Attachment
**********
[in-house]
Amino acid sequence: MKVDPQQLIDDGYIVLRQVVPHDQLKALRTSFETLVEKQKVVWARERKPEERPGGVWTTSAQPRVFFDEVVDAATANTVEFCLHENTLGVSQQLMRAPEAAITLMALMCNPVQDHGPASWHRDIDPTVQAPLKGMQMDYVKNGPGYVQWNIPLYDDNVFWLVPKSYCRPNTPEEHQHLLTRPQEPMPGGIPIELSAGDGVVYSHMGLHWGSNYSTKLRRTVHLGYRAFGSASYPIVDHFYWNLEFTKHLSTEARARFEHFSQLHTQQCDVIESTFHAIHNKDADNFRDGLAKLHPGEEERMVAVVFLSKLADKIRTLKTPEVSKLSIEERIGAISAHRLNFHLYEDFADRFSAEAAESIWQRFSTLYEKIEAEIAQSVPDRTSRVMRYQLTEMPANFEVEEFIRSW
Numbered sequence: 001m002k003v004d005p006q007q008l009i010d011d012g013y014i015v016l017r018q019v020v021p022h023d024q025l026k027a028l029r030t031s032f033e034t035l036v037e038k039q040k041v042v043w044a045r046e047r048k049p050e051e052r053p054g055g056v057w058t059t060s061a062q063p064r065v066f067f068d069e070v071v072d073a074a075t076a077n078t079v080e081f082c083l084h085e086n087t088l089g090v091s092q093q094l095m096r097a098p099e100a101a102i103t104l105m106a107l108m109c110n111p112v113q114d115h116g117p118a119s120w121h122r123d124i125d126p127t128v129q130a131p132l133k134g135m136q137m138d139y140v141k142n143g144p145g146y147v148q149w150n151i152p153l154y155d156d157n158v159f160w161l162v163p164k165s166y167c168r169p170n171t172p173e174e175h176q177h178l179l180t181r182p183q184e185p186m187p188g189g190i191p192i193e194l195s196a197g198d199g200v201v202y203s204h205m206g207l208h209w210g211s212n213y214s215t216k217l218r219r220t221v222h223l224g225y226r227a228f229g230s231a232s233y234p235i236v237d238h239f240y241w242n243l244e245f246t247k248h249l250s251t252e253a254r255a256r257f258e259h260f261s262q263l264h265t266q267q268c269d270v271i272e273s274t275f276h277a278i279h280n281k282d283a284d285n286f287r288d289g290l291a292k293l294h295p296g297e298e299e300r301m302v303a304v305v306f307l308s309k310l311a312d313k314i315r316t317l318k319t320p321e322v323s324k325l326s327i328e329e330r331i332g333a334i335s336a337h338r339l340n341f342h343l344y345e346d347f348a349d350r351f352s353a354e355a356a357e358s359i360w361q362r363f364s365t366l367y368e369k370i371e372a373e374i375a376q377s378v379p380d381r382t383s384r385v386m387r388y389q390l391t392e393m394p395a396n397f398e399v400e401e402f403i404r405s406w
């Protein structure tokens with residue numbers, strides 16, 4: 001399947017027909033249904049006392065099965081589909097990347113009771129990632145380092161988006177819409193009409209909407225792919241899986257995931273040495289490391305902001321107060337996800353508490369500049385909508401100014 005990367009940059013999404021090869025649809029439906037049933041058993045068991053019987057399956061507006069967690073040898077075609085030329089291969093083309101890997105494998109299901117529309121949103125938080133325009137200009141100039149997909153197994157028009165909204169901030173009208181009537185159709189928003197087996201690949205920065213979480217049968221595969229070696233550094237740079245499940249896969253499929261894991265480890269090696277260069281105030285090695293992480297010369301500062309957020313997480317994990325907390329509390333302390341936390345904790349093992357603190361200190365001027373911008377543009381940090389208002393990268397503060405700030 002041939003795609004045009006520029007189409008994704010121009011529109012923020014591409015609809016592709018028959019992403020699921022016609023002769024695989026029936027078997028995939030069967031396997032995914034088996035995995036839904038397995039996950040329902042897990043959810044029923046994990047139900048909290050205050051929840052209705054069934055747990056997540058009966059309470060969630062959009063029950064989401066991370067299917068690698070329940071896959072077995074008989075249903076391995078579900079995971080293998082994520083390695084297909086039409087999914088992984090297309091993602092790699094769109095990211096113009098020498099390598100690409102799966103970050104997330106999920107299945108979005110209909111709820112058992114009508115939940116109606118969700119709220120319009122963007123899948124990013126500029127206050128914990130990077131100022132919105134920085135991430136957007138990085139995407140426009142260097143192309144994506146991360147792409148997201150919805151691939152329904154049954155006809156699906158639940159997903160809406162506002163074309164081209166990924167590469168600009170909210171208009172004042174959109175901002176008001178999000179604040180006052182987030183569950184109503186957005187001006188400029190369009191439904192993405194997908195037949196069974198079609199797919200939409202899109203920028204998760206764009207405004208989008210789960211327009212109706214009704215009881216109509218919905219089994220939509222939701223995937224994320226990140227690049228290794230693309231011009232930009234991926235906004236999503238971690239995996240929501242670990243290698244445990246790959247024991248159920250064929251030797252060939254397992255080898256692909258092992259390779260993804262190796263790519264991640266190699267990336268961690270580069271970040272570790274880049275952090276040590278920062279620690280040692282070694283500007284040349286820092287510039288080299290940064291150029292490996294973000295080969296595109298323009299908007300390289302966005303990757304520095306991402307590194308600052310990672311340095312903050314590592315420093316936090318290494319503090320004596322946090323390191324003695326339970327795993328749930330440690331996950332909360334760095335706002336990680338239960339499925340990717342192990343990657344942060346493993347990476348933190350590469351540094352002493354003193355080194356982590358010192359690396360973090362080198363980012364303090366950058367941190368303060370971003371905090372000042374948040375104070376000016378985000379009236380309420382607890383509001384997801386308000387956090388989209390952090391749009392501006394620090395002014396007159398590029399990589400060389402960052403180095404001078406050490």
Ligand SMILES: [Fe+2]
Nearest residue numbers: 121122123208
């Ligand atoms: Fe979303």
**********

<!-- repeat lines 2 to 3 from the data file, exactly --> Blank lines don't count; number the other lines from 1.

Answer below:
Amino acid sequence: MKVDPQQLIDDGYIVLRQVVPHDQLKALRTSFETLVEKQKVVWARERKPEERPGGVWTTSAQPRVFFDEVVDAATANTVEFCLHENTLGVSQQLMRAPEAAITLMALMCNPVQDHGPASWHRDIDPTVQAPLKGMQMDYVKNGPGYVQWNIPLYDDNVFWLVPKSYCRPNTPEEHQHLLTRPQEPMPGGIPIELSAGDGVVYSHMGLHWGSNYSTKLRRTVHLGYRAFGSASYPIVDHFYWNLEFTKHLSTEARARFEHFSQLHTQQCDVIESTFHAIHNKDADNFRDGLAKLHPGEEERMVAVVFLSKLADKIRTLKTPEVSKLSIEERIGAISAHRLNFHLYEDFADRFSAEAAESIWQRFSTLYEKIEAEIAQSVPDRTSRVMRYQLTEMPANFEVEEFIRSW
Numbered sequence: 001m002k003v004d005p006q007q008l009i010d011d012g013y014i015v016l017r018q019v020v021p022h023d024q025l026k027a028l029r030t031s032f033e034t035l036v037e038k039q040k041v042v043w044a045r046e047r048k049p050e051e052r053p054g055g056v057w058t059t060s061a062q063p064r065v066f067f068d069e070v071v072d073a074a075t076a077n078t079v080e081f082c083l084h085e086n087t088l089g090v091s092q093q094l095m096r097a098p099e100a101a102i103t104l105m106a107l108m109c110n111p112v113q114d115h116g117p118a119s120w121h122r123d124i125d126p127t128v129q130a131p132l133k134g135m136q137m138d139y140v141k142n143g144p145g146y147v148q149w150n151i152p153l154y155d156d157n158v159f160w161l162v163p164k165s166y167c168r169p170n171t172p173e174e175h176q177h178l179l180t181r182p183q184e185p186m187p188g189g190i191p192i193e194l195s196a197g198d199g200v201v202y203s204h205m206g207l208h209w210g211s212n213y214s215t216k217l218r219r220t221v222h223l224g225y226r227a228f229g230s231a232s233y234p235i236v237d238h239f240y241w242n243l244e245f246t247k248h249l250s251t252e253a254r255a256r257f258e259h260f261s262q263l264h265t266q267q268c269d270v271i272e273s274t275f276h277a278i279h280n281k282d283a284d285n286f287r288d289g290l291a292k293l294h295p296g297e298e299e300r301m302v303a304v305v306f307l308s309k310l311a312d313k314i315r316t317l318k319t320p321e322v323s324k325l326s327i328e329e330r331i332g333a334i335s336a337h338r339l340n341f342h343l344y345e346d347f348a349d350r351f352s353a354e355a356a357e358s359i360w361q362r363f364s365t366l367y368e369k370i371e372a373e374i375a376q377s378v379p380d381r382t383s384r385v386m387r388y389q390l391t392e393m394p395a396n397f398e399v400e401e402f403i404r405s406w